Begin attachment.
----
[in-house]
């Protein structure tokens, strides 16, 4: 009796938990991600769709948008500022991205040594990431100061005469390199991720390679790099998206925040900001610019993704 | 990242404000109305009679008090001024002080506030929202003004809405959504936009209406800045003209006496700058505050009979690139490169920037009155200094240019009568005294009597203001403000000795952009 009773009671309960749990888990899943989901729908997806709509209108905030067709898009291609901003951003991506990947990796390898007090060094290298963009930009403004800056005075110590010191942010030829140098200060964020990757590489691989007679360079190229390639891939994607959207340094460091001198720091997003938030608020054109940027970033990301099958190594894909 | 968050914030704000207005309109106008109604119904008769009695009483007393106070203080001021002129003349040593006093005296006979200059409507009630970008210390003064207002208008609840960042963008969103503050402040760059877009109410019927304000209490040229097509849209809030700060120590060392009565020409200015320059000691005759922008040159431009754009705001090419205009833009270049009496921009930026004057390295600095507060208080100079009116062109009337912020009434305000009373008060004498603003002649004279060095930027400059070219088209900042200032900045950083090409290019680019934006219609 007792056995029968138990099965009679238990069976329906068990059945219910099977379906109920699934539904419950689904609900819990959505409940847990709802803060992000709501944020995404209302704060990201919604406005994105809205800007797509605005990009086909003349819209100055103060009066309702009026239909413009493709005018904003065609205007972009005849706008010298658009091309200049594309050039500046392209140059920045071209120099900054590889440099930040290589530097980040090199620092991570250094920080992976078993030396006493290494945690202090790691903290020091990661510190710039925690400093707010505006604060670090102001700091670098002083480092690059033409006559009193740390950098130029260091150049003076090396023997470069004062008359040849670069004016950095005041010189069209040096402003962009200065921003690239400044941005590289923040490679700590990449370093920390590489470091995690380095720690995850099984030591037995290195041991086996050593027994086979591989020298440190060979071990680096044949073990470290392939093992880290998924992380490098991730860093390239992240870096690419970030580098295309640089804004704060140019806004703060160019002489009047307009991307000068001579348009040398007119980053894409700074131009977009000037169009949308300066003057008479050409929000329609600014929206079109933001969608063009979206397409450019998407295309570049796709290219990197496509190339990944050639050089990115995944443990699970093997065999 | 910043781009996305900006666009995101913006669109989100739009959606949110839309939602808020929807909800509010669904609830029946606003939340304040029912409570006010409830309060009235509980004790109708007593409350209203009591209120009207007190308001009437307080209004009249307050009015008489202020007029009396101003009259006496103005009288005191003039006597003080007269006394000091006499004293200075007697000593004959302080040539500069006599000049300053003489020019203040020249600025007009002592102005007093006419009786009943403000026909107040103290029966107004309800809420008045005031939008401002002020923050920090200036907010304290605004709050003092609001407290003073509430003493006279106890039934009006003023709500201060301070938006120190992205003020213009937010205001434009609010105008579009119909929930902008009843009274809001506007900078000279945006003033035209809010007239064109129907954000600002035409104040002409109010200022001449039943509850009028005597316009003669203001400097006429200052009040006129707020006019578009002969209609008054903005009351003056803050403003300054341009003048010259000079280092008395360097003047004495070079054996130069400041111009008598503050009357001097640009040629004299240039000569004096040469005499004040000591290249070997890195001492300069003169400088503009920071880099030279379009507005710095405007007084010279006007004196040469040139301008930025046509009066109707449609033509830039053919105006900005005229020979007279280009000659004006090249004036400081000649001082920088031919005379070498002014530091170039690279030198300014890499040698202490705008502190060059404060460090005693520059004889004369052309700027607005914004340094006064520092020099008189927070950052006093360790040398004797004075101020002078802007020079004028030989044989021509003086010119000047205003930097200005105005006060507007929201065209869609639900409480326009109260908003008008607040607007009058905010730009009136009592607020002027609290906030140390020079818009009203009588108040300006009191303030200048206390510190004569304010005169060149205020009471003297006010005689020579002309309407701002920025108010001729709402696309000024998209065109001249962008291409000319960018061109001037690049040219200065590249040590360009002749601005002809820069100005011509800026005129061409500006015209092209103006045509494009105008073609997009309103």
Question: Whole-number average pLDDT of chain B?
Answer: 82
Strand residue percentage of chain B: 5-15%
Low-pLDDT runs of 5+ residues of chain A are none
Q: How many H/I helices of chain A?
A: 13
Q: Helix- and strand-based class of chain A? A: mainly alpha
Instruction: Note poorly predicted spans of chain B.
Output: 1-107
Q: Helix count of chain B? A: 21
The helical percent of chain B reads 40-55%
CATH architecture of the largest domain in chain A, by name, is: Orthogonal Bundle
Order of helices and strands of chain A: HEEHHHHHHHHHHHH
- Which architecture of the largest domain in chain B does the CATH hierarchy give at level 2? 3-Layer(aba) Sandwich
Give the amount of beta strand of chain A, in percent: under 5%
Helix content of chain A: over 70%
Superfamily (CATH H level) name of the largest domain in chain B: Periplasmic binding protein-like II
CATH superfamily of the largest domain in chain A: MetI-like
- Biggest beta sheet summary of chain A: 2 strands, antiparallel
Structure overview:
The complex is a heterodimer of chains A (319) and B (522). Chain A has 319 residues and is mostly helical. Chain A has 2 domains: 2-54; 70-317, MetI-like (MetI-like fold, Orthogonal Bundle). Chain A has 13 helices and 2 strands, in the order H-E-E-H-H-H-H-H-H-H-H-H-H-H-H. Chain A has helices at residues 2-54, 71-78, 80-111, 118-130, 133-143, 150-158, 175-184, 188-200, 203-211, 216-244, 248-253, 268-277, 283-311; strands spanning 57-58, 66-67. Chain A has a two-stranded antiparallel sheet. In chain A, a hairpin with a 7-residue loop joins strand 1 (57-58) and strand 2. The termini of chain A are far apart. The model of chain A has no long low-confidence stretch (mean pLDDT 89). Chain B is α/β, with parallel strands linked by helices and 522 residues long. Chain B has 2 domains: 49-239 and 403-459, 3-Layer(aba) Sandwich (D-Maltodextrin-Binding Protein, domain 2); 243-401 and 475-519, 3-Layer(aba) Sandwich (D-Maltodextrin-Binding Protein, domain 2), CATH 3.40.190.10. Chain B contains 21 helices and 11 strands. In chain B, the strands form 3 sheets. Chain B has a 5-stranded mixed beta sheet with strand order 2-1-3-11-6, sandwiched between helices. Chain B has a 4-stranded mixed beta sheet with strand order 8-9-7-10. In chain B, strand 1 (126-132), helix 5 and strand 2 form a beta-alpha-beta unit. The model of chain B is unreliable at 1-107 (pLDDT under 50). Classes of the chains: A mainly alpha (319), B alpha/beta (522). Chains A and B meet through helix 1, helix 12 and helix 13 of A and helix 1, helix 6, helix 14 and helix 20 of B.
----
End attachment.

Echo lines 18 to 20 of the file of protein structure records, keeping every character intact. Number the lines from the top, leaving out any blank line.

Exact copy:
Helix content of chain A: over 70%
Superfamily (CATH H level) name of the largest domain in chain B: Periplasmic binding protein-like II
CATH superfamily of the largest domain in chain A: MetI-like